• After assembly and before use at each location – for equipment that requires assembly or installation before use, e.g. tower cranes.
  • Regularly, while in service – if the equipment is exposed to conditions that cause deterioration which is likely to result in dangerous situations. Most lifting equipment will be subject to wear and tear and so will need regular in-service examination. Some may be exposed to significant environmental conditions which may cause further deterioration. You have a choice:
    • arrange for thorough examination to be carried out at the intervals specified by LOLER (every 6 or 12 months, depending on the equipment – see below), or
    • Conduct examinations in accordance with an examination scheme, drawn up by a competent person.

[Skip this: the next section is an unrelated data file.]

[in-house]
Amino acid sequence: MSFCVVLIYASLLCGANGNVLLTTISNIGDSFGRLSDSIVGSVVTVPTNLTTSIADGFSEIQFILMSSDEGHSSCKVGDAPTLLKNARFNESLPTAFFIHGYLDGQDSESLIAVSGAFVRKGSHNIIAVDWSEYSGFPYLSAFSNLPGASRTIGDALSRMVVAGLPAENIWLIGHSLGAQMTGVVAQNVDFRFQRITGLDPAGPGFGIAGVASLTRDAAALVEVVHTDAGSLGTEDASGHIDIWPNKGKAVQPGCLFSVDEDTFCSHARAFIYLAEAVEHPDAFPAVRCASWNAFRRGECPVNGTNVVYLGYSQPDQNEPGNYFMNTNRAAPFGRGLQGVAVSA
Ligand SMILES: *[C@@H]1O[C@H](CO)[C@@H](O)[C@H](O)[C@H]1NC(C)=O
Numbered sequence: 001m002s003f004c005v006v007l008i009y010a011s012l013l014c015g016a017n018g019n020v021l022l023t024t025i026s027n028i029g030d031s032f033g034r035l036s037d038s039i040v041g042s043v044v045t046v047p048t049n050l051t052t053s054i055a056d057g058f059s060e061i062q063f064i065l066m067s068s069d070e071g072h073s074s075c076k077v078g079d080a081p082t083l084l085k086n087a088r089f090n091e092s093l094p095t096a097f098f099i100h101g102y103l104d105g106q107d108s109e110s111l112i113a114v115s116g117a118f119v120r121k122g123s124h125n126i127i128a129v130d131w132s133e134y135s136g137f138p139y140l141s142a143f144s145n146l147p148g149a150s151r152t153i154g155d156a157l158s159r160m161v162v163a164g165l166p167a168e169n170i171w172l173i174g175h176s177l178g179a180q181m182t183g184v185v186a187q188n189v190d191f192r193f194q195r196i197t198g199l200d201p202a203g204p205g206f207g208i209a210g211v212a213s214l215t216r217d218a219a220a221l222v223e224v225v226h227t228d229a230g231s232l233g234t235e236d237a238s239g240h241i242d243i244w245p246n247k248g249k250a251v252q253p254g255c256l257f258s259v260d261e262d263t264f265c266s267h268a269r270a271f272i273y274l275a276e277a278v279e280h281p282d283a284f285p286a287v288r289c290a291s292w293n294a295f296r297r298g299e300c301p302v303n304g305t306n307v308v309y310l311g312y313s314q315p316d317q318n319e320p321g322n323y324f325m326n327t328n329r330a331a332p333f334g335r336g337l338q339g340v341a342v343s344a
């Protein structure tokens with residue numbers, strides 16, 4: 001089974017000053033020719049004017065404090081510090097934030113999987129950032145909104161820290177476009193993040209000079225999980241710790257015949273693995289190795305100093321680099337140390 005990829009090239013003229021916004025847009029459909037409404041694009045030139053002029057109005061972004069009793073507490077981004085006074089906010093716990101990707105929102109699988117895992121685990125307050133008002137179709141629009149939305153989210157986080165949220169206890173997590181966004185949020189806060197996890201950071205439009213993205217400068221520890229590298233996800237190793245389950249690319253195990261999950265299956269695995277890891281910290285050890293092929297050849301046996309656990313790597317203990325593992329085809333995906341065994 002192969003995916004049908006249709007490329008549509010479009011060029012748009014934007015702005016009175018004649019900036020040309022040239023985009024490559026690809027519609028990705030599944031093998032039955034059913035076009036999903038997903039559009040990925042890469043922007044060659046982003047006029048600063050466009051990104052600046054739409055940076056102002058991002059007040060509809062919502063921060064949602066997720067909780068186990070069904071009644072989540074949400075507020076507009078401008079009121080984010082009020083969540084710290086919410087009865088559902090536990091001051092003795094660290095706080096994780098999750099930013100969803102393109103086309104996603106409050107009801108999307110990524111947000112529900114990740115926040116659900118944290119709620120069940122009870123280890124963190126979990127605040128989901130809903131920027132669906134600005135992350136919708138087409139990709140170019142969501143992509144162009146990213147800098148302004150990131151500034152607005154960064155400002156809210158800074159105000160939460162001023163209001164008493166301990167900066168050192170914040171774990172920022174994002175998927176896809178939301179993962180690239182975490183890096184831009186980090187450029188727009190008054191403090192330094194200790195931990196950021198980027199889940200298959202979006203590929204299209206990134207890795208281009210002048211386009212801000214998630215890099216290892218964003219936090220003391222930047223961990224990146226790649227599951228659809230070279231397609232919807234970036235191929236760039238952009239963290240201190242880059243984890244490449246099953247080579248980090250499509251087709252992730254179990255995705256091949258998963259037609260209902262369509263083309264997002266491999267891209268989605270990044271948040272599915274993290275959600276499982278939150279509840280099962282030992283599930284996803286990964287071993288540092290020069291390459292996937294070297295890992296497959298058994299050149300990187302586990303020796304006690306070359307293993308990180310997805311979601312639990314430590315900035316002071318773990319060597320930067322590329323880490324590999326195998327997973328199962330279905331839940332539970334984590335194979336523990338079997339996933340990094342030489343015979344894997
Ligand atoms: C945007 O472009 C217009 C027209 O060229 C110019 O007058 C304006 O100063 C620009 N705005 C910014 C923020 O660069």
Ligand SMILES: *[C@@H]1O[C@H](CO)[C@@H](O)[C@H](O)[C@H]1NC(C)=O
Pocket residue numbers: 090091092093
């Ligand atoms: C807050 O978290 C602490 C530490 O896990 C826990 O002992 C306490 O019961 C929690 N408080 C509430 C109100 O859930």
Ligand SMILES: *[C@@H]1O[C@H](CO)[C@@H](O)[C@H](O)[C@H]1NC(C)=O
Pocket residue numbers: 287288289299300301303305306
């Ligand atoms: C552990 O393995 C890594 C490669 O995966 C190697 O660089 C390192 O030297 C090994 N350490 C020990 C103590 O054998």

• Following exceptional circumstances – liable to jeopardise the safety of lifting equipment, which may include:
    • damage or failure
    • being out of use for long periods
    • major changes, which are likely to affect the equipment’s integrity (eg modifications, or replacement / repair of critical parts)

Where, following thorough examination or inspection of lifting equipment, a defect is identified – which in the opinion of the person undertaking the examination or inspection – is (or could become) a danger to people, you as user (employer or self-employed person) should be notified immediately. You must then take effective action to manage risk by ensuring the lifting equipment is not used until the defect is remedied. Such defects must be confirmed in writing in the report, even if it is remedied immediately (e.g. by destruction of a sling) (Source:HSE.)